SPLASH is an after school choreography club that meets weekly, on Thursday's, from January to April. It began in 1982 with Jean Mangone as the director. She got the idea from Jacques D'Ambroise, a former New York City Ballet dancer. He had a similar program called the National Dance Institute where students auditioned and performed at the Kennedy Center and the Academy Awards. It is a voluntary program and is lead by our current Pageant director, Leslie Obert. Many additional teachers volunteer their time after school to work with the students in SPLASH.

In SPLASH, students and parents sign and agree to a Contract that includes expectations, rules, and consequences. We have a 3-strikepolicy that ensures all students are treated fairly. SPLASH rehearsals begin with attendance, a proper warm up, and choreography instruction. All participants are exposed to ballet, modern, jazz, and folk dance. They gain flexibility, strength, and coordination, similar to sports kids currently participate in. No prior dance experience is required, just a desire to learn more about dance, choreography, and performing.

Students fill out an audition card that indicates performing experience, private lessons taken, and individual talents. They list their top 3 choices of pieces to perform in for the Pageant of the Arts. Auditions are held and directed by Mrs. Obert and fellow teachers. Fifth graders have been watching and waiting since Kindergarten to be in the Pageant of the Arts. Boys and girls alike wait in anticipation as parts are handed out and they take ownership to their individual part and group participation. Once they have been assigned a part, they begin learning their choreography. The dance becomes "theirs" as they revisit the artist through music, word and dance.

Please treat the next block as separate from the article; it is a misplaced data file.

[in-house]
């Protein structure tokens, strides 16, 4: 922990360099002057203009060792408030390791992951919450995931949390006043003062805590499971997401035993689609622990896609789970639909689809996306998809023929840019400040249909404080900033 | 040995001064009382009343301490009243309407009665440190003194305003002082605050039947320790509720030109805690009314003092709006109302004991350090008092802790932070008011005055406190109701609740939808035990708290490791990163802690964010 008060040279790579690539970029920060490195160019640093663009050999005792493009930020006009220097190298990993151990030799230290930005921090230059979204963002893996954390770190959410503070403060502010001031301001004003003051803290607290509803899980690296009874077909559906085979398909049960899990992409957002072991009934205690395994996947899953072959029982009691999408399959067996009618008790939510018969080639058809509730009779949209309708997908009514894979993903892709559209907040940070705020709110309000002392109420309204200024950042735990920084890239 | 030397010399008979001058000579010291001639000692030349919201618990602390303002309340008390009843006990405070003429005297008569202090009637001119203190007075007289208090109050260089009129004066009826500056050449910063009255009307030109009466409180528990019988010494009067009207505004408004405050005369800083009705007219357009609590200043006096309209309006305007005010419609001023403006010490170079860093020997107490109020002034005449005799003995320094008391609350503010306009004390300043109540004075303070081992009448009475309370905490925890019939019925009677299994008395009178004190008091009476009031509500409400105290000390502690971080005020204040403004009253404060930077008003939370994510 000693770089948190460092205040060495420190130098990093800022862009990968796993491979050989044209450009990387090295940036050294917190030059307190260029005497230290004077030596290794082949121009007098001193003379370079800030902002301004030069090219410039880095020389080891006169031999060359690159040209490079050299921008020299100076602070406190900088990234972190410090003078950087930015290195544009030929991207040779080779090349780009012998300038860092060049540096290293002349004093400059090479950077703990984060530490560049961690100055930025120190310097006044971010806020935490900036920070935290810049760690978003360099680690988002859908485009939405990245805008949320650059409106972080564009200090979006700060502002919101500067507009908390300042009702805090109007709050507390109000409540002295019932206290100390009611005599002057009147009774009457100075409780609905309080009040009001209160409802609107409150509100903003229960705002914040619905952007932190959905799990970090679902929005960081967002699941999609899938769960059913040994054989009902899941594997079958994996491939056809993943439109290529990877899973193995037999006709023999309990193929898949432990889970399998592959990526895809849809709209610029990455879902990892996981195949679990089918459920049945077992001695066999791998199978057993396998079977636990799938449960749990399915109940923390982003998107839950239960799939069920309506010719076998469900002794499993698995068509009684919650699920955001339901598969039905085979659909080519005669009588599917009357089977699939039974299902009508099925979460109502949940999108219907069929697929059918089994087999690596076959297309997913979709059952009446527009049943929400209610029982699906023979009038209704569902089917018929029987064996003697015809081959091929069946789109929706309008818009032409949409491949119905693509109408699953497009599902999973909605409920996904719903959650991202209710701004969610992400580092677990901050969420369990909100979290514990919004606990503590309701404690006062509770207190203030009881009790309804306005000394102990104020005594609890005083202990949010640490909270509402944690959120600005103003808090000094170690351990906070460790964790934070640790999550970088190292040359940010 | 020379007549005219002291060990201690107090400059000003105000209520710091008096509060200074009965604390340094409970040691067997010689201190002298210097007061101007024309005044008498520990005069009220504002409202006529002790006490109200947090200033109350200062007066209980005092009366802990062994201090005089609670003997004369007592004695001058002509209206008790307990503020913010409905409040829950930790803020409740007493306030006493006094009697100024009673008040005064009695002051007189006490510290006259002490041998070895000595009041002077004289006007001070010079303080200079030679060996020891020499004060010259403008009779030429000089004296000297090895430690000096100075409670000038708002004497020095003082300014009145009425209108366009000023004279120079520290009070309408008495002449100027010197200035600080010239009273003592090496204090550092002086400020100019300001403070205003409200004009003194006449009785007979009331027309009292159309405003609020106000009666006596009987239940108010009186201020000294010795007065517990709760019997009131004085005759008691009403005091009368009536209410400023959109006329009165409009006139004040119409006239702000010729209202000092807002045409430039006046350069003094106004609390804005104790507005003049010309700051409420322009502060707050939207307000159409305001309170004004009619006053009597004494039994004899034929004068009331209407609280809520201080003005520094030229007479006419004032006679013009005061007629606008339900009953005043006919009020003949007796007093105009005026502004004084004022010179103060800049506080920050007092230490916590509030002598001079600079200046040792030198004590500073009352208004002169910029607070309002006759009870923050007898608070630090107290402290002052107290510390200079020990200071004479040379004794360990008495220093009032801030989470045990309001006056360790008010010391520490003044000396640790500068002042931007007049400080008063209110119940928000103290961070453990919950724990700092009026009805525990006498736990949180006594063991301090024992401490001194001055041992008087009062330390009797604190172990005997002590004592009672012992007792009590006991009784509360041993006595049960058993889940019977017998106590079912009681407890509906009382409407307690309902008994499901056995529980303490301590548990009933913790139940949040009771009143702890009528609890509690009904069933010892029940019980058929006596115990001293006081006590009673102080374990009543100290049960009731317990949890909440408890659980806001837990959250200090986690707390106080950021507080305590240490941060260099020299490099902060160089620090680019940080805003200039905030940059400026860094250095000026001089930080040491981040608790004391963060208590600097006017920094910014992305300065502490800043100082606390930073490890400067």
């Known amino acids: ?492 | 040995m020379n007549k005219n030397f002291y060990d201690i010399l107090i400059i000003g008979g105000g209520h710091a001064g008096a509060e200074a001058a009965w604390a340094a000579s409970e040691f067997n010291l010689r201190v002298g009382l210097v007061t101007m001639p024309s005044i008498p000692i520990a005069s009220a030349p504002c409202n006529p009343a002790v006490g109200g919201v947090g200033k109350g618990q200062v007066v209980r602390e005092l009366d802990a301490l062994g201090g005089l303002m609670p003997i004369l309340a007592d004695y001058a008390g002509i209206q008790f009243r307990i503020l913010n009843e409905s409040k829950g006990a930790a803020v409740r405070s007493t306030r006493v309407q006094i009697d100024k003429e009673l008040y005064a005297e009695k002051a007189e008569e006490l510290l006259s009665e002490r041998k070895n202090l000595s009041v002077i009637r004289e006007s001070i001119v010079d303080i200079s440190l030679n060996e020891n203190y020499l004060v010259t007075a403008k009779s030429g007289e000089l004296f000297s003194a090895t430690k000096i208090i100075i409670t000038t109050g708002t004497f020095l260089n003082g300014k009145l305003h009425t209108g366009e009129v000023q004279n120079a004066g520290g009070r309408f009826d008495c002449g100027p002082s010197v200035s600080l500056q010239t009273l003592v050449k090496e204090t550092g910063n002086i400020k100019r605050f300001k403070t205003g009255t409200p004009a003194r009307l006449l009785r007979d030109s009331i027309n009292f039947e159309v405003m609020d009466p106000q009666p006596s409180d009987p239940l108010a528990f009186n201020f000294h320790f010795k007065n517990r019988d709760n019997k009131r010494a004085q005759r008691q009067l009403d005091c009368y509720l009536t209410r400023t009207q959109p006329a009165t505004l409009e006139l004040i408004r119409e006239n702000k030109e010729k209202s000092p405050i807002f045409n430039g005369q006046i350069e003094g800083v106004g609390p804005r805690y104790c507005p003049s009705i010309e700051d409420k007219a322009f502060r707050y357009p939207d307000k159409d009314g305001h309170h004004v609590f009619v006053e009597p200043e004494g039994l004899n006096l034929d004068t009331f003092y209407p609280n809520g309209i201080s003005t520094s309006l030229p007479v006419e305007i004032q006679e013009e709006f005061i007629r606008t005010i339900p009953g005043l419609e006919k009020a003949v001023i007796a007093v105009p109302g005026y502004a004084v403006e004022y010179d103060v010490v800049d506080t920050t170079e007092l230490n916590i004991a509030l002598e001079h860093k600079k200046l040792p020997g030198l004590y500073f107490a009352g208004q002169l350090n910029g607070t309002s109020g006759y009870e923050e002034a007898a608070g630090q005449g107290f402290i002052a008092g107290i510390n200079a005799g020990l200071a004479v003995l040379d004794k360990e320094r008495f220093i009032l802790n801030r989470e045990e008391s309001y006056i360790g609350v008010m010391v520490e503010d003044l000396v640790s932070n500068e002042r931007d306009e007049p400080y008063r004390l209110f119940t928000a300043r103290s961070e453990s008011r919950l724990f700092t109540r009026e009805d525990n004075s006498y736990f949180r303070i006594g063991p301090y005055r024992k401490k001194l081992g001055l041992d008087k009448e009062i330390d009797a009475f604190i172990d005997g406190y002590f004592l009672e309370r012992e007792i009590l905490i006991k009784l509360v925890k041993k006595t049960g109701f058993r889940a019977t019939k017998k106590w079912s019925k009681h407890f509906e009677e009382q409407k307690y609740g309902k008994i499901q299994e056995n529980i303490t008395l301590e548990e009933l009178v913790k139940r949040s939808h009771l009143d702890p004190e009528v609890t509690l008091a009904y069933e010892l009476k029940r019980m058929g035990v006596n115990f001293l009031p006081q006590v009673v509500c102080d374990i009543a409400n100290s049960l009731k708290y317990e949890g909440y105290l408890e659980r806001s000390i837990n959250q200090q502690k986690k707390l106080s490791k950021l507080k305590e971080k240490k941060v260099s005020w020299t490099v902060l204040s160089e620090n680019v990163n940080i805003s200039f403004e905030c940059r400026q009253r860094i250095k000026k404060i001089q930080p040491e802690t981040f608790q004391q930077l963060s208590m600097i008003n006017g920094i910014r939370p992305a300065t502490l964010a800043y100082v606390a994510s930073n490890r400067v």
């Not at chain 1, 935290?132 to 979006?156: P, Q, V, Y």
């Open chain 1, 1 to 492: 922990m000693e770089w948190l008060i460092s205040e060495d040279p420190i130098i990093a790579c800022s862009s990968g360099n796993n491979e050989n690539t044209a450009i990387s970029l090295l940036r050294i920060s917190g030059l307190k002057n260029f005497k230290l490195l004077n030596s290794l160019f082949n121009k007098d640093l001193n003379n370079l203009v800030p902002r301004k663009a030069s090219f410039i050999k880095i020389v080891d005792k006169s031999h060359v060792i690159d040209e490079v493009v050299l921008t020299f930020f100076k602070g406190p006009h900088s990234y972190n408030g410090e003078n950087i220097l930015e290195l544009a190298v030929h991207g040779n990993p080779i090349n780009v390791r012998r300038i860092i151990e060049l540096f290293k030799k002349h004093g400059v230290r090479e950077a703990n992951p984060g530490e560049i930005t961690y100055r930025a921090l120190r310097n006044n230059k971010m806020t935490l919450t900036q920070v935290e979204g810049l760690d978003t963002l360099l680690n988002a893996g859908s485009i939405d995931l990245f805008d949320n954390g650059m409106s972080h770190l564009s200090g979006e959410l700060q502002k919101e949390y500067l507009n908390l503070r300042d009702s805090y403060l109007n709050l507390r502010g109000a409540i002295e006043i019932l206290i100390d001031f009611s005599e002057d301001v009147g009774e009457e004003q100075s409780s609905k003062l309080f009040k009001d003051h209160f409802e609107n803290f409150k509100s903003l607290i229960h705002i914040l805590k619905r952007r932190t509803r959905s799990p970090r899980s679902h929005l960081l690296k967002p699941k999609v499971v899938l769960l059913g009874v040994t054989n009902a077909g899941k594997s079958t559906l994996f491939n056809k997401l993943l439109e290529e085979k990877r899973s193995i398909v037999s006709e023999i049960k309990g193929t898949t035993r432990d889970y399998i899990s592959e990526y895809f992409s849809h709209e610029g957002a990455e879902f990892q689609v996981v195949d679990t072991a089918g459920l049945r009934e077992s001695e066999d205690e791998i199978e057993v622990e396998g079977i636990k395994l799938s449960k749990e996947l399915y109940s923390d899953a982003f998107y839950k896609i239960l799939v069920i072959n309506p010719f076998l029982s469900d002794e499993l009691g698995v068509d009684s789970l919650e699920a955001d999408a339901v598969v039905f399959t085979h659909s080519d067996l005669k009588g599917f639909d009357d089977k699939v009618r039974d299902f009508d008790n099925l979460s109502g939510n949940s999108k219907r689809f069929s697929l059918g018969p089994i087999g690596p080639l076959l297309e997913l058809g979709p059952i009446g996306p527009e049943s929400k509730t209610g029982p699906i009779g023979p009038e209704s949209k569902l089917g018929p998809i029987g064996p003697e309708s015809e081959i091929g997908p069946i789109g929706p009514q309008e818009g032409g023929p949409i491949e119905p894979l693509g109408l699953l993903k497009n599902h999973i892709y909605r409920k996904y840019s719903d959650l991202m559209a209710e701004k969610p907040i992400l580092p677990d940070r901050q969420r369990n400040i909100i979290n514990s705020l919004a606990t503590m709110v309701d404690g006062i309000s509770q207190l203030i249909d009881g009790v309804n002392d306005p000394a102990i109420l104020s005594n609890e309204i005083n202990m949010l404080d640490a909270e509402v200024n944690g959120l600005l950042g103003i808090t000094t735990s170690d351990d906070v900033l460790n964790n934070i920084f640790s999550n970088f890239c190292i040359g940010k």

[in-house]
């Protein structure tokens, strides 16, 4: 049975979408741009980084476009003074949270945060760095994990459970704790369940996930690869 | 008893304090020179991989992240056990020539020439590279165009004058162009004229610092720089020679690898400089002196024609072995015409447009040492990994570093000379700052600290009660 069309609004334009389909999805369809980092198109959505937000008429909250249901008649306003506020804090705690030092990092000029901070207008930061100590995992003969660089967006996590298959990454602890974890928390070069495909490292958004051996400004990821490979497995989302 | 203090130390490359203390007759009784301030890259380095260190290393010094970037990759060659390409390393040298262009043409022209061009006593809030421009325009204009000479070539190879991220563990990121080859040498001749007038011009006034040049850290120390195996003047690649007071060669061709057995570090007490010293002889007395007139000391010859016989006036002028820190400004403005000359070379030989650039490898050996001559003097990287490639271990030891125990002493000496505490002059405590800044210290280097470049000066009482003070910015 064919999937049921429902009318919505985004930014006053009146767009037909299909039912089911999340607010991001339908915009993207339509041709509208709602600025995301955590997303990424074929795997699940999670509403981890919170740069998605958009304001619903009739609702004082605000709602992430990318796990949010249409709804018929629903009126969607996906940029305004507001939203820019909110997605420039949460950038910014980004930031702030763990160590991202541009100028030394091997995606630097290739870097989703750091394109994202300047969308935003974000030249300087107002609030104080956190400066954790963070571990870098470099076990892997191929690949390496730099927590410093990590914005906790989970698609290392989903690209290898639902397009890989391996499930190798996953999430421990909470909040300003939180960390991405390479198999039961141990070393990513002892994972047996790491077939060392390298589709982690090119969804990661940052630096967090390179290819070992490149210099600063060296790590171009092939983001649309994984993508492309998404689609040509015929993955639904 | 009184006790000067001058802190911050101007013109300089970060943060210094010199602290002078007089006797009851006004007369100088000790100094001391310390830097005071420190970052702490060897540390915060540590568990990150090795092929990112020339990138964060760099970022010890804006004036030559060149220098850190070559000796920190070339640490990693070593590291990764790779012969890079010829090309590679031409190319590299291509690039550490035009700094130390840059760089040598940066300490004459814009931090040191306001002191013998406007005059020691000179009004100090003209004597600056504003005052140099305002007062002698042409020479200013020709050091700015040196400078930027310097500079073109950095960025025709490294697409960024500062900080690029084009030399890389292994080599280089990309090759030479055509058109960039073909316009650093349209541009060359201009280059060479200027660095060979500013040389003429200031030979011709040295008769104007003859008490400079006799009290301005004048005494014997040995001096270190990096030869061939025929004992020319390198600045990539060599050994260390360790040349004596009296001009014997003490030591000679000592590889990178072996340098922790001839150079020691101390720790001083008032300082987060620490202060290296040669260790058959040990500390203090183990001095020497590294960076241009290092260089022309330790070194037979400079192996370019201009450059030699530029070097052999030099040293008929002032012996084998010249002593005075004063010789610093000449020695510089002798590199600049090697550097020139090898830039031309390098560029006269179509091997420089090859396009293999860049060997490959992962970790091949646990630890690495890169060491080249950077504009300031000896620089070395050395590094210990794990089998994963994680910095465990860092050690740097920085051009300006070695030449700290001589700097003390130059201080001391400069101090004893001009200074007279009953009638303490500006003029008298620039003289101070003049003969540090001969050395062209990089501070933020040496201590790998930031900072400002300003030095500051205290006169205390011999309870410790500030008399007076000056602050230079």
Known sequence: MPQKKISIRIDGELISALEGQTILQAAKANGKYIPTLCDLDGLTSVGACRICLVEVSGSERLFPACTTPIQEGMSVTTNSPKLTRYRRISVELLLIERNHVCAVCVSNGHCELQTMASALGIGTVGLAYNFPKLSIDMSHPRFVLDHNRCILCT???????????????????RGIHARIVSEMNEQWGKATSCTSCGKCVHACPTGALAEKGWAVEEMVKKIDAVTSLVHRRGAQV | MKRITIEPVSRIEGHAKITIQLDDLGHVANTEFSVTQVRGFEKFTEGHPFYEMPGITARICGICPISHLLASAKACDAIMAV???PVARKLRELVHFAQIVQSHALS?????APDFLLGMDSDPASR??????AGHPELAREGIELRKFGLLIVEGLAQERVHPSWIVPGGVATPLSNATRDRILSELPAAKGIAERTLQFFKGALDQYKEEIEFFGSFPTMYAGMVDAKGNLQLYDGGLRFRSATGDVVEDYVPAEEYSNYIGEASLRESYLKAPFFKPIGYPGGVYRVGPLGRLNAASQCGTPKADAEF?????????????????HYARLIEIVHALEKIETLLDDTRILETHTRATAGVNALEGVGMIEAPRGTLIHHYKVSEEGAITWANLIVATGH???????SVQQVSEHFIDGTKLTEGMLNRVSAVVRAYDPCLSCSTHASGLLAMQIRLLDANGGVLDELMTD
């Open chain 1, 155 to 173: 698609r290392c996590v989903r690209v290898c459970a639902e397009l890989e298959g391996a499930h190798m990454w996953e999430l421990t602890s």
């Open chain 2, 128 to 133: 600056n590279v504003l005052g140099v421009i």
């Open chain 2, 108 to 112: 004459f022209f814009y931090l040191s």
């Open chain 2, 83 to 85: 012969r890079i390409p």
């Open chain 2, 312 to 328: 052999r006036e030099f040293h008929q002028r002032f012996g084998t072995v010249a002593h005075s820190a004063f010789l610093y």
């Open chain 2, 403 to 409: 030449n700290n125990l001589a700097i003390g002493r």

SPLASH students perform during two school assemblies and two evening performances. One evening is videotaped and students can view their production on Cable TV and/or purchase the Pageant of the Arts for themselves. Through SPLASH,students realize the importance of the arts, as it becomes a part of them for life. Hours of rehearsal build self-esteem and provide a professional atmosphere where students can now take center stage.

Time is never enough when it comes to rehearsals, so teachers and students may give up their recess and release time to perfect their piece. The excitement builds as the performance date draws nearer and costumes are handed out and created. Pageant performers work together in SPLASH to see that all details have been met as the stage is ready, lights go on,and the curtain goes up. They take pride in what they have accomplished as a group. Nervous feelings give way to the thrill of a live performance as past and future participants experience............The Pageant of the Arts.